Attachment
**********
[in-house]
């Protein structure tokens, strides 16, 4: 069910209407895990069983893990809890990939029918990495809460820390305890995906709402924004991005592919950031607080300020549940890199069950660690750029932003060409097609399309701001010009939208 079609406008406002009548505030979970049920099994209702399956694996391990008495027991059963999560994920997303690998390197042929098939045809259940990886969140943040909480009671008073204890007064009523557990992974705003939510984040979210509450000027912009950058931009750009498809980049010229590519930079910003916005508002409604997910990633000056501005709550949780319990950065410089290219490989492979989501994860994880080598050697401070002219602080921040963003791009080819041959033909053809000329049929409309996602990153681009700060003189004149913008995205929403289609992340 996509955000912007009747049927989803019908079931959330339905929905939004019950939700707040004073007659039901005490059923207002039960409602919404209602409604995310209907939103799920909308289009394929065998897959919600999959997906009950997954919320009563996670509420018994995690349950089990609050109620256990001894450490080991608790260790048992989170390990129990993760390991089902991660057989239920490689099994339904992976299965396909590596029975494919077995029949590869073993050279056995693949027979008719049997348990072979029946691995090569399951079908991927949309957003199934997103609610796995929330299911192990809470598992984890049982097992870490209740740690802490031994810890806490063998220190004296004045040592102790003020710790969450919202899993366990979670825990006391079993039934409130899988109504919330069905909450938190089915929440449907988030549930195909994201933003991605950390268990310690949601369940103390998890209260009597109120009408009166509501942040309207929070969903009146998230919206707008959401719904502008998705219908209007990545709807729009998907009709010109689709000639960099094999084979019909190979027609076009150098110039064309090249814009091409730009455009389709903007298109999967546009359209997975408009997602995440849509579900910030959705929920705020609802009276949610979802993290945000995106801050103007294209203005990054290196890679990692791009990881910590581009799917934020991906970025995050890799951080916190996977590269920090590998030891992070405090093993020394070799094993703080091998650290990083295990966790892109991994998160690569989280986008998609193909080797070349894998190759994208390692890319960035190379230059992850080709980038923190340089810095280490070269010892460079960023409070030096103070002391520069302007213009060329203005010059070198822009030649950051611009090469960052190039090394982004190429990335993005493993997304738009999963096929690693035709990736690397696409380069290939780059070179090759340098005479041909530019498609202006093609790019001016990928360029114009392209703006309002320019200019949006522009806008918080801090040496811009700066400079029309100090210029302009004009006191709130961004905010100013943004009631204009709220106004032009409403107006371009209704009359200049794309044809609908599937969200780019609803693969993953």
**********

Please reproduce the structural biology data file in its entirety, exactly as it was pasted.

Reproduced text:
[in-house]
């Protein structure tokens, strides 16, 4: 069910209407895990069983893990809890990939029918990495809460820390305890995906709402924004991005592919950031607080300020549940890199069950660690750029932003060409097609399309701001010009939208 079609406008406002009548505030979970049920099994209702399956694996391990008495027991059963999560994920997303690998390197042929098939045809259940990886969140943040909480009671008073204890007064009523557990992974705003939510984040979210509450000027912009950058931009750009498809980049010229590519930079910003916005508002409604997910990633000056501005709550949780319990950065410089290219490989492979989501994860994880080598050697401070002219602080921040963003791009080819041959033909053809000329049929409309996602990153681009700060003189004149913008995205929403289609992340 996509955000912007009747049927989803019908079931959330339905929905939004019950939700707040004073007659039901005490059923207002039960409602919404209602409604995310209907939103799920909308289009394929065998897959919600999959997906009950997954919320009563996670509420018994995690349950089990609050109620256990001894450490080991608790260790048992989170390990129990993760390991089902991660057989239920490689099994339904992976299965396909590596029975494919077995029949590869073993050279056995693949027979008719049997348990072979029946691995090569399951079908991927949309957003199934997103609610796995929330299911192990809470598992984890049982097992870490209740740690802490031994810890806490063998220190004296004045040592102790003020710790969450919202899993366990979670825990006391079993039934409130899988109504919330069905909450938190089915929440449907988030549930195909994201933003991605950390268990310690949601369940103390998890209260009597109120009408009166509501942040309207929070969903009146998230919206707008959401719904502008998705219908209007990545709807729009998907009709010109689709000639960099094999084979019909190979027609076009150098110039064309090249814009091409730009455009389709903007298109999967546009359209997975408009997602995440849509579900910030959705929920705020609802009276949610979802993290945000995106801050103007294209203005990054290196890679990692791009990881910590581009799917934020991906970025995050890799951080916190996977590269920090590998030891992070405090093993020394070799094993703080091998650290990083295990966790892109991994998160690569989280986008998609193909080797070349894998190759994208390692890319960035190379230059992850080709980038923190340089810095280490070269010892460079960023409070030096103070002391520069302007213009060329203005010059070198822009030649950051611009090469960052190039090394982004190429990335993005493993997304738009999963096929690693035709990736690397696409380069290939780059070179090759340098005479041909530019498609202006093609790019001016990928360029114009392209703006309002320019200019949006522009806008918080801090040496811009700066400079029309100090210029302009004009006191709130961004905010100013943004009631204009709220106004032009409403107006371009209704009359200049794309044809609908599937969200780019609803693969993953």